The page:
Bolivia, and especially
the capital city of La Paz, is undergoing a “building boom.” And with an increased demand for labour, many of the workers new
to the construction industry are women, especially indigenous women
from Bolivia’s countryside. They arrive in La Paz with a desire to work, but with limited knowledge
of their rights, they are vulnerable
to abuse and discrimination. Anelise Melendez works
for a local organization helping indigenous women
in the construction sector. “Obviously for women who come
from a rural area to live in a city, discrimination becomes more complex. It is not only because she is a woman, but also because she is indigenous and because of her level of education.” In Bolivia, the ILO works with trade unions, local government and employers to increase awareness about
the rights for indigenous women and also provide training in
occupational safety on the construction site. Natividad Velasco is one of the indigenous
women who received the training. “Safety is very important at work. There used to be a lot of accidents. After we had the safety courses we know what safety is
and we take care of each other.” Perceptions are beginning to change. There is a trade union
specifically for women who work in Bolivia’s construction sector. “Ten years ago, you could rarely see a woman
in a construction work, maybe one or two comparing
the number now, there are more.” The trade union has energized
local government and employers to help ensure indigenous women
have a voice in policies that affect them. “We gladly see that more women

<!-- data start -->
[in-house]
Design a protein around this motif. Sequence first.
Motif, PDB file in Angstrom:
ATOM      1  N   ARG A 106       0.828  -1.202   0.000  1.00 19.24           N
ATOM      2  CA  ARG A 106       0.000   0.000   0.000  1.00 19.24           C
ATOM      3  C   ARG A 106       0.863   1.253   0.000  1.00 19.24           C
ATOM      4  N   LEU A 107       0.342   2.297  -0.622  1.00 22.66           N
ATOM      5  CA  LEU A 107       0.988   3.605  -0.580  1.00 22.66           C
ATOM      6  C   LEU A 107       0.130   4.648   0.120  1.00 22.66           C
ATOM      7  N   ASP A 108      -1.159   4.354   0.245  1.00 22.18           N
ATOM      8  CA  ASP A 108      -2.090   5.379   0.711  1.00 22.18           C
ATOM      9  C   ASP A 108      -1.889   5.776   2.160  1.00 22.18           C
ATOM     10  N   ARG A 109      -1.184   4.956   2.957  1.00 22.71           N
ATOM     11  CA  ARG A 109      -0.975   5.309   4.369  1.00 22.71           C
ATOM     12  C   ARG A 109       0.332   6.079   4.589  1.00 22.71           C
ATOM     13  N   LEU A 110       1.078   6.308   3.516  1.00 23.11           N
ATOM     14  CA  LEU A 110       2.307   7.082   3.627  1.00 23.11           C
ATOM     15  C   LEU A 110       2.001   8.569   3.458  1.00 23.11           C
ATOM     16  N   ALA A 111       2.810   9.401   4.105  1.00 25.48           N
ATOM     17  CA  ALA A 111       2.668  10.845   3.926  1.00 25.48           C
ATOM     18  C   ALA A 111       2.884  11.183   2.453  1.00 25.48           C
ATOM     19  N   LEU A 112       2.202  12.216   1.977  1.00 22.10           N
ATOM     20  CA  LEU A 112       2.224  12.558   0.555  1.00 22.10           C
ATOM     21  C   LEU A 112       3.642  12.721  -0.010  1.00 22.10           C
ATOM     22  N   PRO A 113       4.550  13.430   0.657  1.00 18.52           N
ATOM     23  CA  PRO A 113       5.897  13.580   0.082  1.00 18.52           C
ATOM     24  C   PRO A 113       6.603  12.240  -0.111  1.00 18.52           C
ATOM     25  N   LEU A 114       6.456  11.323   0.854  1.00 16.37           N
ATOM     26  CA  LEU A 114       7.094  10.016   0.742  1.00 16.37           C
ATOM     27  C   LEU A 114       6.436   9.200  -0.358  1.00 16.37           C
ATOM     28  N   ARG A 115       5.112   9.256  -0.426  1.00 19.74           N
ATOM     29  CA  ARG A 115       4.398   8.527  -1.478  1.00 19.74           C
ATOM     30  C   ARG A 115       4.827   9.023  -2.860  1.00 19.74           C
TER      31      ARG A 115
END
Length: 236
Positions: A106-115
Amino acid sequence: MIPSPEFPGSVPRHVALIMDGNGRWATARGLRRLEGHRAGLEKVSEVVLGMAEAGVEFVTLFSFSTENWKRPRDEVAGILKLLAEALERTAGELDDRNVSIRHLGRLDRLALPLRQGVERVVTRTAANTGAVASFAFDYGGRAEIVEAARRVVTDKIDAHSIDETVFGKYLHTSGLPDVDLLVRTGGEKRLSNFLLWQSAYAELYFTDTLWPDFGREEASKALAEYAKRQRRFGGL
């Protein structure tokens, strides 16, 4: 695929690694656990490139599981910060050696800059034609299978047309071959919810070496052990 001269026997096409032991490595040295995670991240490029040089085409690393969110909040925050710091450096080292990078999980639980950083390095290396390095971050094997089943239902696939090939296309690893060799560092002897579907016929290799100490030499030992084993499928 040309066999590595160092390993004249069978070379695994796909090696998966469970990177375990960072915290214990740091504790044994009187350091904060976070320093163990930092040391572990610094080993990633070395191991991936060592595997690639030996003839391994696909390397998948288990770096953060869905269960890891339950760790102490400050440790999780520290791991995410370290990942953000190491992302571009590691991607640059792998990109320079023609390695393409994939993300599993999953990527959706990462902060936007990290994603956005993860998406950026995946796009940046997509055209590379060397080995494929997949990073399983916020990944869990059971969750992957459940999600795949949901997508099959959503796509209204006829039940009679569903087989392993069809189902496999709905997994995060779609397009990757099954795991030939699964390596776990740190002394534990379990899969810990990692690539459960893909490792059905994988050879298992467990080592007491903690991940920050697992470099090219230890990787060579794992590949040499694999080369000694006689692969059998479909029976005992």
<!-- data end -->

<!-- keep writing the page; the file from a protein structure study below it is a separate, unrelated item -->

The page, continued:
are involved in these associations, and it is evolving in a favorable way. Their voice is being listened
and included in different policies, programs and projects not only
on a nationally but especially locally.” “I think the representation,
union, or federation makes women feel more protected. Because of the representation and also because they can
negotiate with the employer and manage the work hours,
wages and the rights they have.” The ILO also provides business
and entrepreneurship skills training for indigenous women. A “virtual platform” of women
construction workers in Bolivia who have been trained and certified
by training centers helps them enter the job market. “Why do women get in this labour market? Because incomes are better
than in other sectors in Bolivia. We are on that path, we hope to achieve this
in the short term, and there is willpower within
all the actors involved so I think we are moving
in the right direction.’ Indigenous women like Natividad
still face many challenges. But providing skills and making them
more aware of their rights helps ensure they won’t be left behind
in the 2030 Sustainable Development Agenda. In Bolivia, indigenous women,
increasingly, have a voice. Empowering them is making
a difference in their lives. “I want to tell my partners who are
women and have suffered like me. When they still feel that discrimination, I want them to keep going ahead and I don’t want them to fade. They have to get ahead. They have to be a rock that cannot be bend.” International Labour Organization (ILO)

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